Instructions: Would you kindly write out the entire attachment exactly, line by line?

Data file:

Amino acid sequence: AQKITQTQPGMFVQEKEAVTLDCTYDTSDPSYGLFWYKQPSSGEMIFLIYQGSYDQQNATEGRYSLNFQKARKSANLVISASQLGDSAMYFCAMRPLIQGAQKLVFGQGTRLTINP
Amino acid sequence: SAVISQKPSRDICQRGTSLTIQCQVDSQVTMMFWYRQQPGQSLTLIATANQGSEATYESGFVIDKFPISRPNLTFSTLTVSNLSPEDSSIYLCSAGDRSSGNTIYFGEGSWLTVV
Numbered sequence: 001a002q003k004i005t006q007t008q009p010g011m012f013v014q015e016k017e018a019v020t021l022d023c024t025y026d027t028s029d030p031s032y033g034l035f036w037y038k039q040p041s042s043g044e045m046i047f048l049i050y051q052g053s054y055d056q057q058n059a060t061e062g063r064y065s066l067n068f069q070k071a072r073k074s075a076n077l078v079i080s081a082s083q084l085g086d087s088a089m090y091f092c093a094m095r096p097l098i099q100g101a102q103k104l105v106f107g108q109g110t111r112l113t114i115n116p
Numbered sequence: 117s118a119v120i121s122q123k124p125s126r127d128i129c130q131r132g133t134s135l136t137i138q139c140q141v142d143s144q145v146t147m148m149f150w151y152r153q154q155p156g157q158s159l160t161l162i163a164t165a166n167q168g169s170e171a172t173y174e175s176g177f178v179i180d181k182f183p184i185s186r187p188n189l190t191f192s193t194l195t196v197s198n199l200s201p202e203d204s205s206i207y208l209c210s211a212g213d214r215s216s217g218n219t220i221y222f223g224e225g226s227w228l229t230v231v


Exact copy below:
Amino acid sequence: AQKITQTQPGMFVQEKEAVTLDCTYDTSDPSYGLFWYKQPSSGEMIFLIYQGSYDQQNATEGRYSLNFQKARKSANLVISASQLGDSAMYFCAMRPLIQGAQKLVFGQGTRLTINP
Amino acid sequence: SAVISQKPSRDICQRGTSLTIQCQVDSQVTMMFWYRQQPGQSLTLIATANQGSEATYESGFVIDKFPISRPNLTFSTLTVSNLSPEDSSIYLCSAGDRSSGNTIYFGEGSWLTVV
Numbered sequence: 001a002q003k004i005t006q007t008q009p010g011m012f013v014q015e016k017e018a019v020t021l022d023c024t025y026d027t028s029d030p031s032y033g034l035f036w037y038k039q040p041s042s043g044e045m046i047f048l049i050y051q052g053s054y055d056q057q058n059a060t061e062g063r064y065s066l067n068f069q070k071a072r073k074s075a076n077l078v079i080s081a082s083q084l085g086d087s088a089m090y091f092c093a094m095r096p097l098i099q100g101a102q103k104l105v106f107g108q109g110t111r112l113t114i115n116p
Numbered sequence: 117s118a119v120i121s122q123k124p125s126r127d128i129c130q131r132g133t134s135l136t137i138q139c140q141v142d143s144q145v146t147m148m149f150w151y152r153q154q155p156g157q158s159l160t161l162i163a164t165a166n167q168g169s170e171a172t173y174e175s176g177f178v179i180d181k182f183p184i185s186r187p188n189l190t191f192s193t194l195t196v197s198n199l200s201p202e203d204s205s206i207y208l209c210s211a212g213d214r215s216s217g218n219t220i221y222f223g224e225g226s227w228l229t230v231v